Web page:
Then they knocked up a little place for him at the bottom of the garden, about quarter of a mile from the house, and made him take the machine down there when he wanted to work it; and sometimes a visitor would come to the house who knew nothing of the matter, and they would forget to tell him all about it, and caution him, and he would go out for a stroll round the garden and suddenly get within earshot of those bagpipes, without being prepared for it, or knowing what it was. If he were a man of strong mind, it only gave him fits; but a person of mere average intellect it usually sent mad.

Indeed.

That is all an admittedly lengthy preface to a certain encounter I observed yesterday early evening in Washington Square Park. As I crossed from West to East, I heard that telltale wail coming from a young woman who hardly seemed large enough to be making such a racket. I sped up, so as to pass the danger zone with the utmost alacrity. But just as I neared her, she stopped playing. A forty-something man had approached her and was holding out a stack of bills, saying something earnestly. Her face went from perplexed, to livid, to that point past livid where you may well use the bagpipes as a weapon. As I soon gathered from the conversation, he was offering her $40 to shut up and leave. I prepared for combat. But to my surprise, she took the money, packed up her instrument, and trudged out of the park. $40 was far more than she’d made in however long she had been playing (I sneaked a peak in her case before moving along; it didn’t look like much more than a few scattered singles), and apparently, she decided the trade-off was worth it.

I have to admit, I’d fantasized about doing something similar many times. I’d role-play the scenario in my mind, and, satisfied, walk on. Now that I’d seen it actually play out, though, my reaction was decidedly mixed. At first, I was elated at the relative silence—and thought it quite amusing that someone would actually have the nerve to do this. But then, I felt really bad for the girl—and guilty at my initial amusement. On the one hand, she had just made more money from not playing than from playing. But on the other hand, what an awful thing to have happen to you. Quite the ego blow. On the third hand (my hands are multiplying for this), she chose to play the bagpipes to begin with. What was she expecting? On the fourth hand, what a callous assertion of dominance on the part of the not-so-gentle man: a bribe? A statement that he can get her to do his bidding by giving her enough money?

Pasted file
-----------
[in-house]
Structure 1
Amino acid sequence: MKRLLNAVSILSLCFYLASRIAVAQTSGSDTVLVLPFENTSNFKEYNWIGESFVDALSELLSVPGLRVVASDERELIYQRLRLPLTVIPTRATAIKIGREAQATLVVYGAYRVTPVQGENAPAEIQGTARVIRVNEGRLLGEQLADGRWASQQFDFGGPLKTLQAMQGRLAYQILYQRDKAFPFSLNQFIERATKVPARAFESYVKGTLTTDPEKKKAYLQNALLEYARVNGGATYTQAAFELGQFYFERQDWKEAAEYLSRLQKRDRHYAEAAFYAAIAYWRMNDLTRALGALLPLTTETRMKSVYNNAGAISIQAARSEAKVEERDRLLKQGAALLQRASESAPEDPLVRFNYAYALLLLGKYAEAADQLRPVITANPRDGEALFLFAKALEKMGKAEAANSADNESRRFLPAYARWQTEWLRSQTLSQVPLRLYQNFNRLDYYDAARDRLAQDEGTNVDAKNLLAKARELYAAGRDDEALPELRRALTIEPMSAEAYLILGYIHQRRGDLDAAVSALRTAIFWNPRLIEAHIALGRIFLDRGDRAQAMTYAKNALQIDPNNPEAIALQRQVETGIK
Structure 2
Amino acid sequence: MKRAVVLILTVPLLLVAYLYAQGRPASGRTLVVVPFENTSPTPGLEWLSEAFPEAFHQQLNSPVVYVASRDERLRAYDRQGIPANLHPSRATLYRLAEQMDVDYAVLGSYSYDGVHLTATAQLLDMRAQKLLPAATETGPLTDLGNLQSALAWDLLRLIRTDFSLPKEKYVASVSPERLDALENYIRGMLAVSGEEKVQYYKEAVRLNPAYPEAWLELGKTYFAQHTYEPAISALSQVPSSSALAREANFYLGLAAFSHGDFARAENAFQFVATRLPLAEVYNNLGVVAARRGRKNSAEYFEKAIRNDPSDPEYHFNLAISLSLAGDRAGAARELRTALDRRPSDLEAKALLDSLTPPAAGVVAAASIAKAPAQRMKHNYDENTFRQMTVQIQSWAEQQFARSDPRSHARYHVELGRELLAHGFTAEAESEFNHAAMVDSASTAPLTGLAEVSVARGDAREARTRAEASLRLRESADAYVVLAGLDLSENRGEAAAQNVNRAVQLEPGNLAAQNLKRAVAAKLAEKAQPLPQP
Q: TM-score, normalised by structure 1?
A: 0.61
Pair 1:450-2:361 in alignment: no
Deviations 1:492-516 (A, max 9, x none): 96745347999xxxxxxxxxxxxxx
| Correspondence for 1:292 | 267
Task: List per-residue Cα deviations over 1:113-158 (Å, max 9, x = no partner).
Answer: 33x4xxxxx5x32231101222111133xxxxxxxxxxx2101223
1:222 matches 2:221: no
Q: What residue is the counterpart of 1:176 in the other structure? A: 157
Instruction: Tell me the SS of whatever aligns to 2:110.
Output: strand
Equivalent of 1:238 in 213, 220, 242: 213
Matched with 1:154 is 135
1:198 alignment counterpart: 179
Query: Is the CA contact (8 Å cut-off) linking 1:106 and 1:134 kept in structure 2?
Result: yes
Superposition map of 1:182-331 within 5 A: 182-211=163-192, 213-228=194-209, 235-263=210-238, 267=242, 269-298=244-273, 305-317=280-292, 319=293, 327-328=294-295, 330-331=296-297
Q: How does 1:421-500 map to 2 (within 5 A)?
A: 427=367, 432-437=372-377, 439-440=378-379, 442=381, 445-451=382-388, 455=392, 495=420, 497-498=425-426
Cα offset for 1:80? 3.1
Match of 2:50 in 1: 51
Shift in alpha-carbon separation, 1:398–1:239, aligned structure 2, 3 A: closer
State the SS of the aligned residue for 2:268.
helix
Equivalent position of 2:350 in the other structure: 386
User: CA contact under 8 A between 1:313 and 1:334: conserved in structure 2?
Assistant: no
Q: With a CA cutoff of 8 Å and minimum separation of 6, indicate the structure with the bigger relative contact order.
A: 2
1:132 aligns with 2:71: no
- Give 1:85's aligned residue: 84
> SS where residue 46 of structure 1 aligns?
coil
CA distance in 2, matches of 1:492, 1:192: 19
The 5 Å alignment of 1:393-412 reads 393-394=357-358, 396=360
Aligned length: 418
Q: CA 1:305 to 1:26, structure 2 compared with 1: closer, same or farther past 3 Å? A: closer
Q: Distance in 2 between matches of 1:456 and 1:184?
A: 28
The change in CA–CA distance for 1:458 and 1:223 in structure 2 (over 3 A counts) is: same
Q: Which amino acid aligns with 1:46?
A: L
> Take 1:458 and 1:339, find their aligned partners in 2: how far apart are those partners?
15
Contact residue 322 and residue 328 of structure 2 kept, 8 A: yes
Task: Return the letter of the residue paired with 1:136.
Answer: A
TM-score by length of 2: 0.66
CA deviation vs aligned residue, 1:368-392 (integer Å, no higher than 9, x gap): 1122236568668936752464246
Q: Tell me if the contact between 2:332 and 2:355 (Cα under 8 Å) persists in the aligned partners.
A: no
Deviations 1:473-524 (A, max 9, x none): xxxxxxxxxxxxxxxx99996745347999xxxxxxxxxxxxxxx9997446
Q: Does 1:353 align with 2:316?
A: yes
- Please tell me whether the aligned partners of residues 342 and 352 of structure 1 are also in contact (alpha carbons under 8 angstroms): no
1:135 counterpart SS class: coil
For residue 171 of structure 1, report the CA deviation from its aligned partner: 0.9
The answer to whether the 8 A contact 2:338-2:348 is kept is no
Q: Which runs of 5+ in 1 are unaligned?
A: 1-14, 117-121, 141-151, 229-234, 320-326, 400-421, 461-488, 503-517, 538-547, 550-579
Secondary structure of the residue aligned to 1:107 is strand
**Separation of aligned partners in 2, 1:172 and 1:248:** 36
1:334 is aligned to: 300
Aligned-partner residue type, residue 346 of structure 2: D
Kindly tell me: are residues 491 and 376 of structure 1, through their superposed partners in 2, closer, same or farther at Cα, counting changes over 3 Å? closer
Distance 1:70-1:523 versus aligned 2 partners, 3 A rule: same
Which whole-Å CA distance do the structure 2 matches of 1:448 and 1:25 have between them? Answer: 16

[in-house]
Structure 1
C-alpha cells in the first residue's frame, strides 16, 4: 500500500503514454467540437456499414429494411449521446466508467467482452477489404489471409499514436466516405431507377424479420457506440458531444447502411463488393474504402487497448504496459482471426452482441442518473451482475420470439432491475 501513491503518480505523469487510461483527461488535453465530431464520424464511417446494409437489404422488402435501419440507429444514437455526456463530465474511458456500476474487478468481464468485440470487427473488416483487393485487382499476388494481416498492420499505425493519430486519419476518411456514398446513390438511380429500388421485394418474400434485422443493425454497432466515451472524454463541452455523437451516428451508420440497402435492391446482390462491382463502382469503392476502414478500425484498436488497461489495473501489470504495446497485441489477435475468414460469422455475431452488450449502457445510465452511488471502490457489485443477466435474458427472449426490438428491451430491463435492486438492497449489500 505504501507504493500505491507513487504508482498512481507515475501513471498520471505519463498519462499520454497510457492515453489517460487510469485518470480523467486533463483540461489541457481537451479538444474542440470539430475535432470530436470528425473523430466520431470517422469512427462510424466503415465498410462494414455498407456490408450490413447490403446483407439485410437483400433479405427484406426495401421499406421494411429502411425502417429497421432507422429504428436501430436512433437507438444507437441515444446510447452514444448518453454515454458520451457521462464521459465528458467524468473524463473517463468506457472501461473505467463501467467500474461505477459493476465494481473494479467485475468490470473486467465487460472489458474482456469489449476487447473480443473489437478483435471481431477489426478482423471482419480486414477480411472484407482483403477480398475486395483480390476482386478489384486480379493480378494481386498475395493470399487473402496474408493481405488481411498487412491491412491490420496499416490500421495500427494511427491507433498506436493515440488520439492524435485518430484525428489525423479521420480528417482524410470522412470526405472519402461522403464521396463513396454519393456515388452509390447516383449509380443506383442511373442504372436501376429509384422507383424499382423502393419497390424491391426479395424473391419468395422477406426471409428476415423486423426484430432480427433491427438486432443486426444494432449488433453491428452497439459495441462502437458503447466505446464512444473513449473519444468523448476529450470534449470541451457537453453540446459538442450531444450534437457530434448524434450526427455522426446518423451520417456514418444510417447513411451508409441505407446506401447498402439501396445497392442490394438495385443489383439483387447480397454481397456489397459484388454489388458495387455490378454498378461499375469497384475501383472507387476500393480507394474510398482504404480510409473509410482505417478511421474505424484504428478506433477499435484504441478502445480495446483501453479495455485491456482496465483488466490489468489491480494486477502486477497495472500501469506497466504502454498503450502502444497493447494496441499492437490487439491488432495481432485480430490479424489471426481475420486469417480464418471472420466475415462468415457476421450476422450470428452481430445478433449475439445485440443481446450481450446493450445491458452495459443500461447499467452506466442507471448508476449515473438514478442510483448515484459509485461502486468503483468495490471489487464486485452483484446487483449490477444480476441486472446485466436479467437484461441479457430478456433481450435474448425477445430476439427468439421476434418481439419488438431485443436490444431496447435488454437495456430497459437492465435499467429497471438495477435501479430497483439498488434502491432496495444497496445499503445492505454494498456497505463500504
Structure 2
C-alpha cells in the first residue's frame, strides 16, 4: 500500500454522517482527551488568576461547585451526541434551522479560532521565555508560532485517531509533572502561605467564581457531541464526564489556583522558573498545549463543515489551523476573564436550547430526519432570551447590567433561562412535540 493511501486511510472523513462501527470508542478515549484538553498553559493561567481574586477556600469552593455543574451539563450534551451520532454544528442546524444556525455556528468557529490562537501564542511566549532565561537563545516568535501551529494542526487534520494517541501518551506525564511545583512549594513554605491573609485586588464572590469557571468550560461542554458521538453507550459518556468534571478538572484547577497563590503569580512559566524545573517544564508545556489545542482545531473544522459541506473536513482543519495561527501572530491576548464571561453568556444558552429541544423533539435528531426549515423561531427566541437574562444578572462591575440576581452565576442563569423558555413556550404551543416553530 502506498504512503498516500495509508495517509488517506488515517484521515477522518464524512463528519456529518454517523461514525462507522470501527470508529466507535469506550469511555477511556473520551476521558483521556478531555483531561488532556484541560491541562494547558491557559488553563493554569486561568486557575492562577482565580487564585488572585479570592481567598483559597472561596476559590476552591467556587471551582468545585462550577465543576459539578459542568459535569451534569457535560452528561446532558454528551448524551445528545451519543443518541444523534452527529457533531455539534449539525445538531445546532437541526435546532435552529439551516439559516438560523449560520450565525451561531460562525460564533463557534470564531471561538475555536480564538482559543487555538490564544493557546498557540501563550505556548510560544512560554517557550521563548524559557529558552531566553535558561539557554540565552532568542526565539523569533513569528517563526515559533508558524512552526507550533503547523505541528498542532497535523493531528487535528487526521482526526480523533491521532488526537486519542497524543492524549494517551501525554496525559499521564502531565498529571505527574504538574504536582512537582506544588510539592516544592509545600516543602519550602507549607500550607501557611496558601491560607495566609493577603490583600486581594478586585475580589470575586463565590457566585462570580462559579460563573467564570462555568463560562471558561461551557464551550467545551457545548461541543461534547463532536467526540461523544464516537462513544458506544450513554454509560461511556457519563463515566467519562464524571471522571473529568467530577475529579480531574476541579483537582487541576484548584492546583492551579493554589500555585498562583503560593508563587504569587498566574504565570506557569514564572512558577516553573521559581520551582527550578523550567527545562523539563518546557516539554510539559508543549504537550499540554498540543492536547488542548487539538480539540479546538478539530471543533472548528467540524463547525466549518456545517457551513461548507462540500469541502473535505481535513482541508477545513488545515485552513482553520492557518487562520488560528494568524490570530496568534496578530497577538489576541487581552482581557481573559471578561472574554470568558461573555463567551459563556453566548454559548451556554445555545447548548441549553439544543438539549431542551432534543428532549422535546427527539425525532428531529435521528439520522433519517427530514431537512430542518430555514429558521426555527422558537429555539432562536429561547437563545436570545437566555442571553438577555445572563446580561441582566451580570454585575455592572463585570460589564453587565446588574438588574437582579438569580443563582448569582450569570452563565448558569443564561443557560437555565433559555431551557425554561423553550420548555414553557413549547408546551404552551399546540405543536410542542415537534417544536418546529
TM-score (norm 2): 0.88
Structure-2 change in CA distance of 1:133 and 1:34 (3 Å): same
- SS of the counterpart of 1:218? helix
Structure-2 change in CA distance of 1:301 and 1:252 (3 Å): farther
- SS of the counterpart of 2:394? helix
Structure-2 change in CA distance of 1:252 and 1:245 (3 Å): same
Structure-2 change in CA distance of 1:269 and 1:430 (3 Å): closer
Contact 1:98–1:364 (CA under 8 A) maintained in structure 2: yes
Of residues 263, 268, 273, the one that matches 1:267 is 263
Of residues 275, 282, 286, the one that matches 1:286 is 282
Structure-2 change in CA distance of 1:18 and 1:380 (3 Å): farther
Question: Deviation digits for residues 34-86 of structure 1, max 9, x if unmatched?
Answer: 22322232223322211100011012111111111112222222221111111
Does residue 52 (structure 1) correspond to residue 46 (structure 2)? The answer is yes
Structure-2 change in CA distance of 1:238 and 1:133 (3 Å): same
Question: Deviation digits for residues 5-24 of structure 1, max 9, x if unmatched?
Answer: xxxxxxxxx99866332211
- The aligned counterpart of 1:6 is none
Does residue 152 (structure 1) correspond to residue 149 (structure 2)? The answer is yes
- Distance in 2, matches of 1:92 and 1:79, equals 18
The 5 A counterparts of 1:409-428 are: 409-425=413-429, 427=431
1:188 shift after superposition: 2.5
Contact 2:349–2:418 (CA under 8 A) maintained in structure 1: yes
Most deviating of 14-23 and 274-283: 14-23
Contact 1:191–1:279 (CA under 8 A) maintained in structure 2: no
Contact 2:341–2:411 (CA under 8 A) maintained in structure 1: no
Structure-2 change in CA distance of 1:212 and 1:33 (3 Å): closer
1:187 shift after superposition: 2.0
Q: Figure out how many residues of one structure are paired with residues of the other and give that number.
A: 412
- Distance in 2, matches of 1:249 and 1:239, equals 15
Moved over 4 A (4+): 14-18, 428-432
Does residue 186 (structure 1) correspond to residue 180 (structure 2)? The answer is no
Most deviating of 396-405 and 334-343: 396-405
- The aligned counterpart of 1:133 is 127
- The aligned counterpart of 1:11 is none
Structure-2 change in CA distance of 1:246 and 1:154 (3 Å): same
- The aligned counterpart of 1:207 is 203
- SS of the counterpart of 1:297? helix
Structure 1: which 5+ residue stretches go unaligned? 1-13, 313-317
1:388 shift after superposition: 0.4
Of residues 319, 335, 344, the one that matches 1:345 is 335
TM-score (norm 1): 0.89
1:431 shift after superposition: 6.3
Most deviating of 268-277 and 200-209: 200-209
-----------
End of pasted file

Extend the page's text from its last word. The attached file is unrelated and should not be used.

Possible mitigating circumstances: a good friend of mine, who lives right by Washington Square and walks there multiple times a week, affirms that said female is a frequent presence in the park. Maybe the man had been storing up his anger for months before it finally became too much? And this was just the final outburst? Also, there is that sign that prohibits all unnecessary noise around the Washington Square area (and what else is a bagpipe?)…

Another possible mitigation: maybe my reaction was so (eventually) negative because he was an older man and she, a younger woman. Would it have been more acceptable coming from a fellow NYU student (I actually don’t know if she goes to NYU; just theorizing based on location)? A younger female? Someone else?